Forbes‘ Scott Woolley writes that investors who like ETNs for their favorable tax treatment and access to unusual asset classes should also consider their unique risks.
In the article The Trouble with ETNs, Woolley dubs the unique risk as the Lehman effect. Turns out that before the firm went bankrupt, Lehman introduced an exchange traded product that tracked the 30 stocks in the S&P Listed Private Equity Index. Since the product was structured as debt, noteholders were forced to join the line of other unsecured creditors when Lehman went under.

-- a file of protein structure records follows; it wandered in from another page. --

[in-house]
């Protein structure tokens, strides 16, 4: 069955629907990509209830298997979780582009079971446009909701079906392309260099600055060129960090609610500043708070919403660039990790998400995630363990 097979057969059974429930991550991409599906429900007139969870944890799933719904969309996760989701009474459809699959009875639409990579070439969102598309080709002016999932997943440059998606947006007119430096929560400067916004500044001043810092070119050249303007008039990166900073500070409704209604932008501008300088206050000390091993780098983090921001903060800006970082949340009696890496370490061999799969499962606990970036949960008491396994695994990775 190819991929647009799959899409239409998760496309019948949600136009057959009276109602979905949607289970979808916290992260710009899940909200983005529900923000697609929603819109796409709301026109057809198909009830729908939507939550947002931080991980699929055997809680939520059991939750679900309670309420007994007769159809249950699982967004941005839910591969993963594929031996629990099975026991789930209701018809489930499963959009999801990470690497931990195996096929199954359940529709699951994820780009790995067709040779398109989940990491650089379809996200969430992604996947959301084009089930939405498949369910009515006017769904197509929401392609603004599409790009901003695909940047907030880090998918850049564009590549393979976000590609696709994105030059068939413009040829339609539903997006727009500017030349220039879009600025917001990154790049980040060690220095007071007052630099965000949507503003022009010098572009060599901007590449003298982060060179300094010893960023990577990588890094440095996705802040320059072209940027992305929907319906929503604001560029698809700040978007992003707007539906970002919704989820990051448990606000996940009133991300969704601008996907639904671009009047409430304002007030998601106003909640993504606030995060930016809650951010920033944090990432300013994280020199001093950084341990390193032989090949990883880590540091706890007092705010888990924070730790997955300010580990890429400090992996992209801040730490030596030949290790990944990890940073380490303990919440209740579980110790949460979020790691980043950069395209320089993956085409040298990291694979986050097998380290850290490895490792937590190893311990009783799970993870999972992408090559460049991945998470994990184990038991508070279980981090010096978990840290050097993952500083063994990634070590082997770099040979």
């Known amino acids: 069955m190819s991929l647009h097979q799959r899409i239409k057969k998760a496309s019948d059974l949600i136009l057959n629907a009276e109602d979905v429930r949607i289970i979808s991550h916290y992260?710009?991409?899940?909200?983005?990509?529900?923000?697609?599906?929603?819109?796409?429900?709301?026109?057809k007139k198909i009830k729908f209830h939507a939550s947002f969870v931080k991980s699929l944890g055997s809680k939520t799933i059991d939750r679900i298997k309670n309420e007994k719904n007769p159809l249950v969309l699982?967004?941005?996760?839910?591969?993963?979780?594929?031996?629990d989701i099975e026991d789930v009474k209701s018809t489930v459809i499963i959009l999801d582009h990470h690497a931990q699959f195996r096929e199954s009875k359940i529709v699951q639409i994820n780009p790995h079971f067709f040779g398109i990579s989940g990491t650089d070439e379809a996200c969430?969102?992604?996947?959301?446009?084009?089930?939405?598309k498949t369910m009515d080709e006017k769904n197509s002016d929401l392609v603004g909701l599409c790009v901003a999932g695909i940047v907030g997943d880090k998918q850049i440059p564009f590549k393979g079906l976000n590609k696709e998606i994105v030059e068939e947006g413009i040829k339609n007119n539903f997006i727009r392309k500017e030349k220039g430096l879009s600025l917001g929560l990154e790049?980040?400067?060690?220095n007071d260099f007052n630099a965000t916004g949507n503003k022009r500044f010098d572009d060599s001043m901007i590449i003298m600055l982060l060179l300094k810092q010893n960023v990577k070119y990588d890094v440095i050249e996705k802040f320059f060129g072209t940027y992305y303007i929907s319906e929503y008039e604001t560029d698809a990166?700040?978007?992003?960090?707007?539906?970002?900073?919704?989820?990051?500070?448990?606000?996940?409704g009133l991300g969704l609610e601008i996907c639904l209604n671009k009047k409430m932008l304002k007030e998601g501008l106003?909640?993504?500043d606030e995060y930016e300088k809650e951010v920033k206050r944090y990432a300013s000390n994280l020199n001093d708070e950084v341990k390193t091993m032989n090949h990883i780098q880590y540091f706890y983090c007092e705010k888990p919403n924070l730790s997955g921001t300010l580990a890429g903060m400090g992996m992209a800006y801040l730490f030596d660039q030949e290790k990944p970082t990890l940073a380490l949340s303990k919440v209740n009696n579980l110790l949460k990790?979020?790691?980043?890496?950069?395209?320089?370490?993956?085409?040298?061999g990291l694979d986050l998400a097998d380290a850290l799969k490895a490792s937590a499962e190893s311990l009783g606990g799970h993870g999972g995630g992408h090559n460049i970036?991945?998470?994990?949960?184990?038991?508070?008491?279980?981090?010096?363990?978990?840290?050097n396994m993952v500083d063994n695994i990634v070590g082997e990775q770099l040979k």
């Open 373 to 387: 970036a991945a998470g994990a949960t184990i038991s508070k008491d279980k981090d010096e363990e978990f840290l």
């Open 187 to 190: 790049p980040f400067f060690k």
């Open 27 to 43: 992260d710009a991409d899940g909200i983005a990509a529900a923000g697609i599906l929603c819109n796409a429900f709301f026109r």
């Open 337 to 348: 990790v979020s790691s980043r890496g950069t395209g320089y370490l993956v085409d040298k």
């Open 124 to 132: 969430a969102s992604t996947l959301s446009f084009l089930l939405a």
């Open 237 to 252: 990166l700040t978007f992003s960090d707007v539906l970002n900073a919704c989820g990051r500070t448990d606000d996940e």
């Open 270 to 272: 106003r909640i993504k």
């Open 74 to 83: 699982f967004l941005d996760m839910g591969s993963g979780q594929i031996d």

Since they have a claim on the underlying assets of their funds, ETF investors don’t share the same degree of credit risk as ETN investors.
Woolley highlights 5 ETNs in the column including:
GS Connect S&P GSCI Enh Commodity TR ETN (GSC) — Commodities
iPath Global Carbon ETN (GRN) — Carbon Derivatives
iPath MSCI India Index ETN (INP) — Indian Stocks
iPath S&P 500 VIX Short-Term Futures ETN (VXX) — Stock Volatility Index
PowerShares DB Gold Double Long ETN (DGP) — Gold